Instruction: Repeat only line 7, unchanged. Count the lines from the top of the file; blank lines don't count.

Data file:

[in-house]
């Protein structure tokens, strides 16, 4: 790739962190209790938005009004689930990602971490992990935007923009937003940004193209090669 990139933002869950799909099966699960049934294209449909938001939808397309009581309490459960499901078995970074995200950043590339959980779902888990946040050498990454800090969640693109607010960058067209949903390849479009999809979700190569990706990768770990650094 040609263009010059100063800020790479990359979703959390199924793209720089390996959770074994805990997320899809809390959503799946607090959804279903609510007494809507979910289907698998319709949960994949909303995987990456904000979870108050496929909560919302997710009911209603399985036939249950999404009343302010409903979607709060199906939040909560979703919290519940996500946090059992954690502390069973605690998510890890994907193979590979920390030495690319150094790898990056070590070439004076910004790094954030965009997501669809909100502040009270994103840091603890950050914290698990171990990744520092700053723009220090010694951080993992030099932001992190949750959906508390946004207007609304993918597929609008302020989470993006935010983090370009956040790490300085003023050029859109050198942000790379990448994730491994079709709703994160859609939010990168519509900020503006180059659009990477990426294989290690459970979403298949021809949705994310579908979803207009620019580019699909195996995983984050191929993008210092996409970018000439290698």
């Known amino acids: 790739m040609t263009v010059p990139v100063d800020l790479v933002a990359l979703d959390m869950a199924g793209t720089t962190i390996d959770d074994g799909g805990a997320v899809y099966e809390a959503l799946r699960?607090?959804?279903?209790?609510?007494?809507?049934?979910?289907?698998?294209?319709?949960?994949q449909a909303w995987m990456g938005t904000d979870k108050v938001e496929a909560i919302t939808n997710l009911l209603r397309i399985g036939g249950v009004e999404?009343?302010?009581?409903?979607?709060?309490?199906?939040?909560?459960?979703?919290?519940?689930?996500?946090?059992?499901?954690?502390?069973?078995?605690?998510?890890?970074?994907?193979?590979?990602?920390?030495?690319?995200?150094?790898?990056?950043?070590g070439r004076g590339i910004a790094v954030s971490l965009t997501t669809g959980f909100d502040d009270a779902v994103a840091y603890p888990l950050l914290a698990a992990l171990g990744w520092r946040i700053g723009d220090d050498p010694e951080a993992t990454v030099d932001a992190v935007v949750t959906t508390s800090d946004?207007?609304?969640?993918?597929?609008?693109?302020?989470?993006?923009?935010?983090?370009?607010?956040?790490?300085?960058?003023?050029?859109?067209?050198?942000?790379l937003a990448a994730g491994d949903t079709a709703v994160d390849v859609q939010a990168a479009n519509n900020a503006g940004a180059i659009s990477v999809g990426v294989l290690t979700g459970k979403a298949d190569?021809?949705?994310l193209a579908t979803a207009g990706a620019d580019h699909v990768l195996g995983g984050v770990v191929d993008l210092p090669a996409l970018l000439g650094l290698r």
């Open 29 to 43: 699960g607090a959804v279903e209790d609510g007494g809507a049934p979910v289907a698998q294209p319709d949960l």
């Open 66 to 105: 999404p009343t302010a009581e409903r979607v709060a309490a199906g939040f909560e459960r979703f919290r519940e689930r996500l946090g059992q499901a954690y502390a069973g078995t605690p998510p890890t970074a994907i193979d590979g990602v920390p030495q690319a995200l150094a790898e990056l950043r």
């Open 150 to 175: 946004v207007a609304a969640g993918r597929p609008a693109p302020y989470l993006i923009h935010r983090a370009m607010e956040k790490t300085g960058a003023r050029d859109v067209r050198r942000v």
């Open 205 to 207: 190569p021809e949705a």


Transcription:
């Open 205 to 207: 190569p021809e949705a």